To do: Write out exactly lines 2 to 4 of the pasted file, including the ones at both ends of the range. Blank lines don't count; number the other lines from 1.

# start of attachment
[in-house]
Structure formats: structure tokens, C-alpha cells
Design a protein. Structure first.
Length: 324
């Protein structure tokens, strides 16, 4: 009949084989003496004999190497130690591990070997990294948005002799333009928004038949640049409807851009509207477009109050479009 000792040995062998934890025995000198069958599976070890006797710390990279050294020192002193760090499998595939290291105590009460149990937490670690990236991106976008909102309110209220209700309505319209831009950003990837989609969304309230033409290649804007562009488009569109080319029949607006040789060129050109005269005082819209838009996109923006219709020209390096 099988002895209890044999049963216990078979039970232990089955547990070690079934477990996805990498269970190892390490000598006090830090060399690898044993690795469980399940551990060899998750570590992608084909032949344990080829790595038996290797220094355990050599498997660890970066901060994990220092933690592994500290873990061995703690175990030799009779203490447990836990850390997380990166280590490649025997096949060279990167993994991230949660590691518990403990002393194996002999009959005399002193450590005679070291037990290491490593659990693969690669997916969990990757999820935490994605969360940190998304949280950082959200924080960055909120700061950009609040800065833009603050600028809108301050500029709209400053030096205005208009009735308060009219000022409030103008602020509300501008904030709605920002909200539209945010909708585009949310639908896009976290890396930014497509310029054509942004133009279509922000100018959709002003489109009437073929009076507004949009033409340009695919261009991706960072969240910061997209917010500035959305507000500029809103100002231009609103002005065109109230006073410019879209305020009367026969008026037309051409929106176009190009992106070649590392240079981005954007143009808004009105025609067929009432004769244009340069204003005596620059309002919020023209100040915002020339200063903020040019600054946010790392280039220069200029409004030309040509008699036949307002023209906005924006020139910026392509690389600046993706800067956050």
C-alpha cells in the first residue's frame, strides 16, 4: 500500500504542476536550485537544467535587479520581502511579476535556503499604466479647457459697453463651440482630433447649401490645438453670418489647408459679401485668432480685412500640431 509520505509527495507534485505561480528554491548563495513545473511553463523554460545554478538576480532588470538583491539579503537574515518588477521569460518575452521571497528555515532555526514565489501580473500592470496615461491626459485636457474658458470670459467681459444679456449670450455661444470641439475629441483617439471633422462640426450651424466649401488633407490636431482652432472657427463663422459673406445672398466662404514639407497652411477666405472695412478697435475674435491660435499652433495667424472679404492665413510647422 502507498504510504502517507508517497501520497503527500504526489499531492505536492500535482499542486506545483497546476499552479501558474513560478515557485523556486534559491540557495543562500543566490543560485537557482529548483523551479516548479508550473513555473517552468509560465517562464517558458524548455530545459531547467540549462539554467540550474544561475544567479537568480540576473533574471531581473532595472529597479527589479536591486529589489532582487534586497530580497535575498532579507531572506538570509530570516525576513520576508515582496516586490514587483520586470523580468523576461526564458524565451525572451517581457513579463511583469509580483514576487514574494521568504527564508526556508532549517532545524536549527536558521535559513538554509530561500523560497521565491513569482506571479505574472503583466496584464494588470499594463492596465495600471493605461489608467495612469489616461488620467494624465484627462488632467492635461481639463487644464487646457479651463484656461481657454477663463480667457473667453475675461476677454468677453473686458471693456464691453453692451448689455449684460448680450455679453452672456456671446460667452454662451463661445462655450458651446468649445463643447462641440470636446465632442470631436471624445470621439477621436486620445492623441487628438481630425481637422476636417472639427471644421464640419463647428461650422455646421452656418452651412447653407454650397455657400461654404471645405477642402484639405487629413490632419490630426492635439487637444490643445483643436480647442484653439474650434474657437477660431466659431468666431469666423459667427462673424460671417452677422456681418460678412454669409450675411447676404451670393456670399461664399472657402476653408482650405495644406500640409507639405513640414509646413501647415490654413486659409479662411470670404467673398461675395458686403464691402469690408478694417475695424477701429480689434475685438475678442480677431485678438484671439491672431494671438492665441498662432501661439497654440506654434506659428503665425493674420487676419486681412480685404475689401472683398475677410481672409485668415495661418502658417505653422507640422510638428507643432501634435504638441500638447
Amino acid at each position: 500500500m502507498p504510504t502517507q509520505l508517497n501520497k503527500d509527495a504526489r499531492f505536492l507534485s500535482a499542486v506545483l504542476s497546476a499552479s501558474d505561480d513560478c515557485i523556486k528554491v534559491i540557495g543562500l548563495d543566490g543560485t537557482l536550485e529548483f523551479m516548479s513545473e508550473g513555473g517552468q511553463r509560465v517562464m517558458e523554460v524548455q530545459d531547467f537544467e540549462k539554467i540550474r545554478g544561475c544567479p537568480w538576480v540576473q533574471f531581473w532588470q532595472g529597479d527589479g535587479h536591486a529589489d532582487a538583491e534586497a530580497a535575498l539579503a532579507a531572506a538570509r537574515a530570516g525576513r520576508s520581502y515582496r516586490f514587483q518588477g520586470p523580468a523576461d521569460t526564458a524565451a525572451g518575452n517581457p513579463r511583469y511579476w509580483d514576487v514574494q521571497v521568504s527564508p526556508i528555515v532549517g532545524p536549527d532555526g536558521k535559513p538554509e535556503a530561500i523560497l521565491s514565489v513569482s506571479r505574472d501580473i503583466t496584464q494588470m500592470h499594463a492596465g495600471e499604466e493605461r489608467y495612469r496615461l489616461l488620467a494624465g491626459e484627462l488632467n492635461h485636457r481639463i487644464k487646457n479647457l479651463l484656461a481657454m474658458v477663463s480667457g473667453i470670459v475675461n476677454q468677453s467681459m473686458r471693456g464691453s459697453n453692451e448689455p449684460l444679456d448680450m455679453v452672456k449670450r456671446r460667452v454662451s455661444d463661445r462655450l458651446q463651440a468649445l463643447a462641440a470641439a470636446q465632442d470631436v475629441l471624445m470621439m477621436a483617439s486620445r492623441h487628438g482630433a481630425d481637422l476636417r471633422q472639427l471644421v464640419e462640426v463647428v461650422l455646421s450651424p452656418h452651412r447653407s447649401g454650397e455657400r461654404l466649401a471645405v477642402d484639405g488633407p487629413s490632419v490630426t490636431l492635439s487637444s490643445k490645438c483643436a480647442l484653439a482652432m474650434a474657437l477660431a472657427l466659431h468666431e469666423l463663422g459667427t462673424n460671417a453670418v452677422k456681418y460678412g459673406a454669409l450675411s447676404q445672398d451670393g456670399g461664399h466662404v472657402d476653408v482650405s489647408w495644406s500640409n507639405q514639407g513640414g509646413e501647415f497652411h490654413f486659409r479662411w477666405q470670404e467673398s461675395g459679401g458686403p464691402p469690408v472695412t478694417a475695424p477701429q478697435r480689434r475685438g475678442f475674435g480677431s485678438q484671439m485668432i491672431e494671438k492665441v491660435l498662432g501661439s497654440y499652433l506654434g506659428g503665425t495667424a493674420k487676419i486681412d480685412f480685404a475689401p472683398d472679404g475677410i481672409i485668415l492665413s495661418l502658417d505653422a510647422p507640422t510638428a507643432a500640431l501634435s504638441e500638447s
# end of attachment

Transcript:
Structure formats: structure tokens, C-alpha cells
Design a protein. Structure first.
Length: 324